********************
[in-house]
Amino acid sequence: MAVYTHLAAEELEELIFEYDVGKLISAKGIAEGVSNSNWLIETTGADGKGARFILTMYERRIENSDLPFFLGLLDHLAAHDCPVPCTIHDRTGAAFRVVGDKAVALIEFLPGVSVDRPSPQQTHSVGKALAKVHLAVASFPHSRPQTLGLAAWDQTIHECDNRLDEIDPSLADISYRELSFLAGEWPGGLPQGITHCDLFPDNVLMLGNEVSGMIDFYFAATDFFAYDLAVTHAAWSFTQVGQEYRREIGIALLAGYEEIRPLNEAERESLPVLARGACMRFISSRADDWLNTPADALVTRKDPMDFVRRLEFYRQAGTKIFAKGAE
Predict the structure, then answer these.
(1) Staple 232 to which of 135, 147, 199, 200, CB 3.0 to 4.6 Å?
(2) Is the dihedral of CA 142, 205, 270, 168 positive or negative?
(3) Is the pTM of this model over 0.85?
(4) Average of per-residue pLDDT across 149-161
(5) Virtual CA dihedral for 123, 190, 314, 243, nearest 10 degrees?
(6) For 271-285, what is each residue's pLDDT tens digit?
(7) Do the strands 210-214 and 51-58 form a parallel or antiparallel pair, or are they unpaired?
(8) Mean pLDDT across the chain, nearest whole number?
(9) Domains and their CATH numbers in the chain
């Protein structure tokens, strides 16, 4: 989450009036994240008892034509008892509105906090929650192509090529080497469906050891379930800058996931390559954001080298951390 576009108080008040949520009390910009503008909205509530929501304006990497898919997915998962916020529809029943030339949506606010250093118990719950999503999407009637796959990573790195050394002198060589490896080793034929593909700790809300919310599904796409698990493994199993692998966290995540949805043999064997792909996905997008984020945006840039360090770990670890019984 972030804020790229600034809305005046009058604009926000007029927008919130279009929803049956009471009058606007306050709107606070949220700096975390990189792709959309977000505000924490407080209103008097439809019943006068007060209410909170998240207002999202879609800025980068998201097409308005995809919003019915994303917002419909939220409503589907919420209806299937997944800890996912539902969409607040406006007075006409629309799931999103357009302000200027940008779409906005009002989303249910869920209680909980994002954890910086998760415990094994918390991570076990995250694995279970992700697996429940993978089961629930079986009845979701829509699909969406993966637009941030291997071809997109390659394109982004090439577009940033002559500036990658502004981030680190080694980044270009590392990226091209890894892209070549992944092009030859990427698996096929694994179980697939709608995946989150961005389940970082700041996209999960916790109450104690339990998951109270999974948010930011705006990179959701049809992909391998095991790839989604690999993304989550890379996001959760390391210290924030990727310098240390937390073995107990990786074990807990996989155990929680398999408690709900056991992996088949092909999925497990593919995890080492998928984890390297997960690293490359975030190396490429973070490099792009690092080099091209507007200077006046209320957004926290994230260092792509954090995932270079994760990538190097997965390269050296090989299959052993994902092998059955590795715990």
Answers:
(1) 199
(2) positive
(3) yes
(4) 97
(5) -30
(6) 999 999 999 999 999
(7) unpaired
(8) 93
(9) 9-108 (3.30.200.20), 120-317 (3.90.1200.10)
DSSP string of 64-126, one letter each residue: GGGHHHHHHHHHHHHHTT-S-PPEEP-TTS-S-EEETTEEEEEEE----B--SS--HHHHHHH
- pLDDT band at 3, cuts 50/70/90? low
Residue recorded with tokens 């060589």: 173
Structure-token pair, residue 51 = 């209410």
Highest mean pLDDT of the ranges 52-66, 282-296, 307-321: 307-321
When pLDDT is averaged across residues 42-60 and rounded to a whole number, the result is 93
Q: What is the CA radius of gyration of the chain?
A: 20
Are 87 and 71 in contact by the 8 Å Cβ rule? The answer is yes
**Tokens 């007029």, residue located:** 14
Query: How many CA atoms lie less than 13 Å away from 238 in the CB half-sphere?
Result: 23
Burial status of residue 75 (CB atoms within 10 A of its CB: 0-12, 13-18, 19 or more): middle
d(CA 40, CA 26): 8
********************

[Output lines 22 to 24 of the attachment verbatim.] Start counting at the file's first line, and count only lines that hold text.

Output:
(8) 93
(9) 9-108 (3.30.200.20), 120-317 (3.90.1200.10)
DSSP string of 64-126, one letter each residue: GGGHHHHHHHHHHHHHTT-S-PPEEP-TTS-S-EEETTEEEEEEE----B--SS--HHHHHHH